Three satiric plays by Oscar-winning screenwriter Ethan Coen
Raising Arizona, Fargo, No Country for Old Men, Burn After Reading–the Coen brothers’ ﬁlms are some of the most critically acclaimed and iconic of our time. Now, one half of the duo, Ethan Coen, adds playwriting to his eclectic bio. In these three short plays that ran to sold-out audiences Off-Broadway in 2008, the theme is hell–both on earth and in the hereafter.
In “Waiting,” a man faces an uncertain future in an uncertain location that seems to be some kind of waiting room. The anxiety and despair hark back to dramas of the ﬁfties–Sartre, Beckett, Pinter.
“Four Benches” depicts an unlikely meeting in a steam room between a straight-talking Texan and an uptight Brit. Both men learn from the encounter, though only one survives it.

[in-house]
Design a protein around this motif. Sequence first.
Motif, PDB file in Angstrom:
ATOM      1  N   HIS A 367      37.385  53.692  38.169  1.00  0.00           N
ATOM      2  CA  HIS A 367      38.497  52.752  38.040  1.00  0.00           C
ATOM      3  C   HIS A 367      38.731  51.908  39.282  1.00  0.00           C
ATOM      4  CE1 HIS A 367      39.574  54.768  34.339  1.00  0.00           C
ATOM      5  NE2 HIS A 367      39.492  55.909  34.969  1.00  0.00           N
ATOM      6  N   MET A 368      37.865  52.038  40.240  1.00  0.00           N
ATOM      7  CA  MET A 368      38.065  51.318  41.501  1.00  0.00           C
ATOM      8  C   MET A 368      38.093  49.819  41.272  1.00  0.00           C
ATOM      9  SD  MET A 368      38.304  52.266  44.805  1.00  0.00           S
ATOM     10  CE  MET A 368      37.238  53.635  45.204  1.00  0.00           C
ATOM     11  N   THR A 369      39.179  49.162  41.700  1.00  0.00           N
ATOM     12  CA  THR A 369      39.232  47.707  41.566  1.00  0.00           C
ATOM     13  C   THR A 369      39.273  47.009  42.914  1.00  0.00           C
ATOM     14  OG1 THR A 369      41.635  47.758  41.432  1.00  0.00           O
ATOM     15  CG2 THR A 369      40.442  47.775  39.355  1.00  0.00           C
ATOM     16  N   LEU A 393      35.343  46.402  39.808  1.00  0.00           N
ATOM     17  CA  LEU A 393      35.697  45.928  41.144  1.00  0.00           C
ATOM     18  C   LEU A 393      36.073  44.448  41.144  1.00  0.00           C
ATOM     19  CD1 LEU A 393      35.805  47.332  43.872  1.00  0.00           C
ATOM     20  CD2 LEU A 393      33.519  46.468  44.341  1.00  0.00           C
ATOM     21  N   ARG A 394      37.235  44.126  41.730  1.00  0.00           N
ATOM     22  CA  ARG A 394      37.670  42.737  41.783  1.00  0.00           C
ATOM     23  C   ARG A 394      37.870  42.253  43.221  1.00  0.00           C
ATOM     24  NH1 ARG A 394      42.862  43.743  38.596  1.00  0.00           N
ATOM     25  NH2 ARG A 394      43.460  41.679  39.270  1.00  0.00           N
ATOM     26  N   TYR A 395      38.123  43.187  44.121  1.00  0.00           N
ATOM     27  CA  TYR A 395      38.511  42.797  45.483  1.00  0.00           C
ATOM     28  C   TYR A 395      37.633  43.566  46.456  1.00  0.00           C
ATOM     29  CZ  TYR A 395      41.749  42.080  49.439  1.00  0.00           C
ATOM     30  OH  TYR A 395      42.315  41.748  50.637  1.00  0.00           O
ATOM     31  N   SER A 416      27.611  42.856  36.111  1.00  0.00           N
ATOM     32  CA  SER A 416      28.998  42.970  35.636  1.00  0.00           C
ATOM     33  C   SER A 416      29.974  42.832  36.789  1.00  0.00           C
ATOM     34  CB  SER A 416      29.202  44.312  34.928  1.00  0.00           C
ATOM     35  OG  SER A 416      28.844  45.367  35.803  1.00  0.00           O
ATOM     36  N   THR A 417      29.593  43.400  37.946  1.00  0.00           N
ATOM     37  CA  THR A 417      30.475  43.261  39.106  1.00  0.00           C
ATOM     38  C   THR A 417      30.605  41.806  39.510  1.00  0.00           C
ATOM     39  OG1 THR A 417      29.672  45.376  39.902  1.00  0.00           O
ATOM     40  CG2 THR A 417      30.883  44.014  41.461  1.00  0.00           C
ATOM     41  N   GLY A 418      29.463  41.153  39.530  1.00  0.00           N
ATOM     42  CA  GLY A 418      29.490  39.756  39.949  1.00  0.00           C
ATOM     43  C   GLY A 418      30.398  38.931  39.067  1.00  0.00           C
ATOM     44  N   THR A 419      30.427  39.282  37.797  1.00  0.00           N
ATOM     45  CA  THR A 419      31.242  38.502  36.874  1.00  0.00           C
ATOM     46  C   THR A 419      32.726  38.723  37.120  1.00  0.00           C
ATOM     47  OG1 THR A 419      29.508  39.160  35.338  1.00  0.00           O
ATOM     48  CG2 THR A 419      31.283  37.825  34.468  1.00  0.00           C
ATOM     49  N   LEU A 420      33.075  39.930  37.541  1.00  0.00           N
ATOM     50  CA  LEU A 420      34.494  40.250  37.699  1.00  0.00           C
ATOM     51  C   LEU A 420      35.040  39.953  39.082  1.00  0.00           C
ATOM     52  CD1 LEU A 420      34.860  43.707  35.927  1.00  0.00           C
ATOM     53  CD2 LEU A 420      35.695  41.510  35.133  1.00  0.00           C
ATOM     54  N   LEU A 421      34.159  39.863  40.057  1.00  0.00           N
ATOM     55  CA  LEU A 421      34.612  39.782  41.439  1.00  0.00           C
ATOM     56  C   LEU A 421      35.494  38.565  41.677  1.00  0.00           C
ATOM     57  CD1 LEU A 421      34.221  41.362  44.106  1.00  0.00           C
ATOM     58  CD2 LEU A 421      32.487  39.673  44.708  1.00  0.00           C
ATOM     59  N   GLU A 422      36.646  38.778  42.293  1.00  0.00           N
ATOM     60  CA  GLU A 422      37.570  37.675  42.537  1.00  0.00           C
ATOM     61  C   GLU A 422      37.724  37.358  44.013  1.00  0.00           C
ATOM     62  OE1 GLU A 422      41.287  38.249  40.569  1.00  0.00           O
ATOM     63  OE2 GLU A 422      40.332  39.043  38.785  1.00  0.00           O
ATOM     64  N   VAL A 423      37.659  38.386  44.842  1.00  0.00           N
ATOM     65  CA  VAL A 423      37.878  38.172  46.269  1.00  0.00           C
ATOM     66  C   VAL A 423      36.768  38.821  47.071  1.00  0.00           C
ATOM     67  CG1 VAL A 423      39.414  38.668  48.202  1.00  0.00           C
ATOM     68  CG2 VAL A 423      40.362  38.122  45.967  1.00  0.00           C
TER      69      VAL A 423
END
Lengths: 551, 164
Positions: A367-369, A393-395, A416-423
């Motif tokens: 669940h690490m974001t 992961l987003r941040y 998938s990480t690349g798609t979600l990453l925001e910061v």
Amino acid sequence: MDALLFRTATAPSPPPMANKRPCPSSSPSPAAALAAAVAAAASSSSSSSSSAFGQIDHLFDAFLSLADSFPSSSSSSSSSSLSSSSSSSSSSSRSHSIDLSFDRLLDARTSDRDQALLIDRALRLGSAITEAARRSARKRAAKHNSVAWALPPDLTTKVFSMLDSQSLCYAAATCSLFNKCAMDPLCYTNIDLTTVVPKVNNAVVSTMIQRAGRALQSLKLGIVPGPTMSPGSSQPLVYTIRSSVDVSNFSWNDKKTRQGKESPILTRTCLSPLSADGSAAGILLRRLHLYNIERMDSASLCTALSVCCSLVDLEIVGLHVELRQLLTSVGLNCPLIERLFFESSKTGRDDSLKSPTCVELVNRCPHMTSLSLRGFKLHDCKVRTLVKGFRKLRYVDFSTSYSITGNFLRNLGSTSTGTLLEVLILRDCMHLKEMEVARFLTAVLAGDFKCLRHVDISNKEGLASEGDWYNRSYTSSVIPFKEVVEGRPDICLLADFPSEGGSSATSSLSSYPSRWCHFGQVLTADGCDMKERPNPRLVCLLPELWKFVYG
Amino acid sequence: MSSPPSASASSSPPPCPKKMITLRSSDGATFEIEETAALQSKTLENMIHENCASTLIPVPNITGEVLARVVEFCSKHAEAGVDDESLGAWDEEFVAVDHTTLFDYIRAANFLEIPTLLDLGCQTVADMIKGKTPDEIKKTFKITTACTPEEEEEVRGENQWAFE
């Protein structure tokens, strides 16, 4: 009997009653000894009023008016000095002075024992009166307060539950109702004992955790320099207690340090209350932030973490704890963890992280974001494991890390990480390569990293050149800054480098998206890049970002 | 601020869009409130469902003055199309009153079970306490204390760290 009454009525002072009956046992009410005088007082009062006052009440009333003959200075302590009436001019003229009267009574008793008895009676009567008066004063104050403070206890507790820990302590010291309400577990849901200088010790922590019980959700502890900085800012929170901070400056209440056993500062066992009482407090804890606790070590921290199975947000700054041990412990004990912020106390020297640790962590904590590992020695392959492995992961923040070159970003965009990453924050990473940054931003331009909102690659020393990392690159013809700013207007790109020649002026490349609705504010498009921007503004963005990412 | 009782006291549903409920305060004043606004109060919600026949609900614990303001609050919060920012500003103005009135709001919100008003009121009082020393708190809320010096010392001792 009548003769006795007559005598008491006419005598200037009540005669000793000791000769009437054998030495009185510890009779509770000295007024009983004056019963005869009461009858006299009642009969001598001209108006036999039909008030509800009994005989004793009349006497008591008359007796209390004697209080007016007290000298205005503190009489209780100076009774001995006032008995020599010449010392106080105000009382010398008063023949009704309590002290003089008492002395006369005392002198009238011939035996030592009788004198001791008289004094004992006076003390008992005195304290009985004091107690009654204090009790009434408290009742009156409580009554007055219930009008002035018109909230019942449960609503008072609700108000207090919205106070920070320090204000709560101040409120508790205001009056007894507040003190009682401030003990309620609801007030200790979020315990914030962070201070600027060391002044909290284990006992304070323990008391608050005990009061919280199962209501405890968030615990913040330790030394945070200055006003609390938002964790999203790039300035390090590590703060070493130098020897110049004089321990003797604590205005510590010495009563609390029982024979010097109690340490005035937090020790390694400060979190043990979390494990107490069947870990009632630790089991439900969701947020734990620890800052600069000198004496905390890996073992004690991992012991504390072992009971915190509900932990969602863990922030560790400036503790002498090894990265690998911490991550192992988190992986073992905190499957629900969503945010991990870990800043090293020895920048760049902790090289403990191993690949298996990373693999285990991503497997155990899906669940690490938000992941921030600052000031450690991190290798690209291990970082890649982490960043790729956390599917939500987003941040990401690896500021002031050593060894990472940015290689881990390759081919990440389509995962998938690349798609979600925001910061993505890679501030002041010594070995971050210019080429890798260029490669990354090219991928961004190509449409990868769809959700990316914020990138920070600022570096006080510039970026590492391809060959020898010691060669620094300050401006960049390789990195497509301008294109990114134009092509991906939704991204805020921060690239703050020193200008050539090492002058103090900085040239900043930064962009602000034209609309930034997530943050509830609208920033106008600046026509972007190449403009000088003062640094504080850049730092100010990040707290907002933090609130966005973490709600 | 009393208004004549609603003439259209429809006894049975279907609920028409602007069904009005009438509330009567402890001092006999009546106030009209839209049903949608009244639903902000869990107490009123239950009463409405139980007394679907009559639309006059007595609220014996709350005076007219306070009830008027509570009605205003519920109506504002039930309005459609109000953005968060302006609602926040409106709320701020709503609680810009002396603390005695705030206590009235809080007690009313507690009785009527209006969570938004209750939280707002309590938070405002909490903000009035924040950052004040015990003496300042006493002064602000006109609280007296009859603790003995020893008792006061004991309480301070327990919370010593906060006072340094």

In “Debate,” the cantankerous god of the Old Testament roundly abuses the mealymouthed god of the New. His profanity and ill humor receive a startling comeuppance, and further reversals and changes of point of view lead to a denouement that is no more preposterous than anything else in the play.
Clever, provocative, and as engaging as the best ﬁction, these plays showcase yet another talent of one of our most celebrated contemporary writers.
When not writing plays, poetry, or short stories, Ethan Coen makes movies with his brother, Joel Coen. After 13 films, the Coen brothers have one of the most beloved and critically acclaimed bodies of work in the history of cinema.